Success is only a possibility when Firefighters FIRST and Fire Officers Second, understand Fire Ground Tactics. Firefighters are the ones stretching and applying the water. They are the ones at the hydrant by themselves.  Fire cannot be extinguished with Strategy alone. Fires cannot be extinguished without Tactics. So make sure your Firefighters can perform their required Tactics and then confirm your Officer knows when and why to call for specific types Tactics to be performed. Just simply stating to always catch a hydrant first will not guarantee success.

When looking at your water supply capabilities look at your hydrant bag first. Does it carry two ball valves to full tap plug? Do you have a 2.5” NST to 5” storz for the plugs that do not have a steamer and/or it is unable to be opened? Does your hydrant bag has the steamer to storz connection in the BAG or pre-connected to the hose in bed? I HIGHLY RECOMMEND do not pre-connect!! Having it pre-connected does not SAVE TIME. It only limits your capabilities. When your bag has everything but the steamer to storz, it’s incomplete. What if you do a reverse supply and the steamer to storz is left at the scene and the Hydrant firefighter now has everything but the BIG CONNECTION? What if you need to hook up to a 2.5” port? Now you must remove before connecting.  What if you decide to hook-up a four way valve? Then, there are the ones that will not swivel freely and your LDH gets turns in it. If it was not pre-connected, you just spin it on and then click in the storz. LAST and MOST important!!! Connecting storz with locks on them is a ONE PERSON JOB. Disconnecting storz with locks will most likely be a TWO PERSON JOB. Do you carry a pipe wrench for hydrants that are old and your hydrant wrench cannot get a grip on valve? Escambia had a Fire where the hydrant wrench would not work because it would not close enough to grip.

So if you really need hydrant water than make the most of it. The Big Fires need Big Water. If you’re dealing with a house fire and people are possibly trapped evaluate your priorities and manpower available. It is awesome if you have Engines and Trucks arriving at the same time as to always allow the Second Due Engine to secure a hydrant. The problem is most of the Fire Service does not have this available.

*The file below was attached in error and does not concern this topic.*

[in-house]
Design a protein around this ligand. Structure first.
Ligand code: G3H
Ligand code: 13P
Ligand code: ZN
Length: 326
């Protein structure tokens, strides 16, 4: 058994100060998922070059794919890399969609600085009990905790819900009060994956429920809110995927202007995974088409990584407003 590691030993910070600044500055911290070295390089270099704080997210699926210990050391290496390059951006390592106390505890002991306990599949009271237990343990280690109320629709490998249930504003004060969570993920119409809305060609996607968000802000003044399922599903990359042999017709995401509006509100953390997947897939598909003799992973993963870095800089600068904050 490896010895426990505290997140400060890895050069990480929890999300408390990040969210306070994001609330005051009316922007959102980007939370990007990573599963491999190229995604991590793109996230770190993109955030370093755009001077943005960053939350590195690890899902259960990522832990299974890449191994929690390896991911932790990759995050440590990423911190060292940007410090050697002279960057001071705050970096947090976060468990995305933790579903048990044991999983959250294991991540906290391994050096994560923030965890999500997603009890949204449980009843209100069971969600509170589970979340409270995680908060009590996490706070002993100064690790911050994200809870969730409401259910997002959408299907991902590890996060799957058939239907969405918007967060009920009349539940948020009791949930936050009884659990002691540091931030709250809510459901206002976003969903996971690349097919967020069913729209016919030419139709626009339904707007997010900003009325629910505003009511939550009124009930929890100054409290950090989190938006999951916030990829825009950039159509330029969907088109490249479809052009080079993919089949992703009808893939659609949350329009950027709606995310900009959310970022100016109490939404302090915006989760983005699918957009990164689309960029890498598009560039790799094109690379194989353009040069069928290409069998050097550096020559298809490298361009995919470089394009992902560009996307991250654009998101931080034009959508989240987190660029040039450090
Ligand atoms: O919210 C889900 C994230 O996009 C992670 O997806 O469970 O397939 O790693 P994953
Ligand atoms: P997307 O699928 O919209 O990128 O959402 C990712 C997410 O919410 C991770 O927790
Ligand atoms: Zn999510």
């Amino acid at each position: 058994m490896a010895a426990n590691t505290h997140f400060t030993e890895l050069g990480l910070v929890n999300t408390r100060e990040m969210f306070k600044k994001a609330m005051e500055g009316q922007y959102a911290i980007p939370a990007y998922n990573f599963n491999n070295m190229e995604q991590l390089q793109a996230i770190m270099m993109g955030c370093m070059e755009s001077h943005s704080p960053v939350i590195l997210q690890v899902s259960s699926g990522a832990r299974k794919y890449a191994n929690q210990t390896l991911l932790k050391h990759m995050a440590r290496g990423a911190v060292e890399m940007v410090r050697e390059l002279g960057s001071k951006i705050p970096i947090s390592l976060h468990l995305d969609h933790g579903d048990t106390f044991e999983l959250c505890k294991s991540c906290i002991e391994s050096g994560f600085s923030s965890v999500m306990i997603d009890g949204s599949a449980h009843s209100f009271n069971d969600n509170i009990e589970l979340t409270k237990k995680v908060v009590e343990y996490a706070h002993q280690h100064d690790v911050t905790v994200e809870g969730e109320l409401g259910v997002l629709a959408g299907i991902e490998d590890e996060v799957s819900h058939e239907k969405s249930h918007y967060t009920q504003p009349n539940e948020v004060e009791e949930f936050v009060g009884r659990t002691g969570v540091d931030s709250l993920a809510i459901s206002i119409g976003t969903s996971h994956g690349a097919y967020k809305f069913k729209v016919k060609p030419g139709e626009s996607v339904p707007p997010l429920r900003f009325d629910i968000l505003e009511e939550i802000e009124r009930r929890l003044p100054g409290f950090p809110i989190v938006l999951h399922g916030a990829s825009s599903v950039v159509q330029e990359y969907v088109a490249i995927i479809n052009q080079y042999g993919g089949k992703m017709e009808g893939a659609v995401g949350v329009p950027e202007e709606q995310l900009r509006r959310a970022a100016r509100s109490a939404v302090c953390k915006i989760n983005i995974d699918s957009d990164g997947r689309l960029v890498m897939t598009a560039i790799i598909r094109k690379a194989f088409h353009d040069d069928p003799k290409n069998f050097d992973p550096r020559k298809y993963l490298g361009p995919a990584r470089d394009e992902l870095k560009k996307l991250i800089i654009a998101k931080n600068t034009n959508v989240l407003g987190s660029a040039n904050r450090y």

So at your next Fire ask yourself if it is more manpower or more water you need first. If it is water you need; make the most of your supply.

Why would you not apply a hose clamp everytime?

Why would you not apply a hose clamp? This allows the hydrant firefighter to charge hydrant and advance to scene.

Are you think about a split lay? What if the NST to Storz was pre-connected?

Do you consider split lays? How does this assist fast water? How does this assist with Big Water?

Do you take advantage of short sections of LDH?

Do you take advantage of short sections of LDH? Do you just pull another 100' off the rear to create more kinks and apparatus blockage?

The ability to allow more apparatus into the scene. The ability to control water supply at the scene.

Escambia Engine 4 Hydrant Bag. What do you carry and where?

Direct Water Application “The Transitional Attack”


Direct Water Application Escambia

Why does this not push FIRE? Why is it ok that FIREFIGHTERS are inside? Is this an aggressive attack?

Crew is inside making the push.

This is the Back Up Line Assisting the Interior Crew make the push on FOUR ROOMS OF FIRE.

Firefighters are inside pulling and Flowing while they open the roof. Do you think the above picture is showing an aggressive TACTIC?

Transitional Attack Taking Place in a Large City! It worked. Great call by the Battalion Chief...

Fire Out! They HIT it HARD with Engine mounted Deck Gun while opening up and making access for interior attack lines. Transitional : passage from one state, place, stage, or subject to another : CHANGE!!! Photo by: Pat Grace

Vent Enter Search “VES”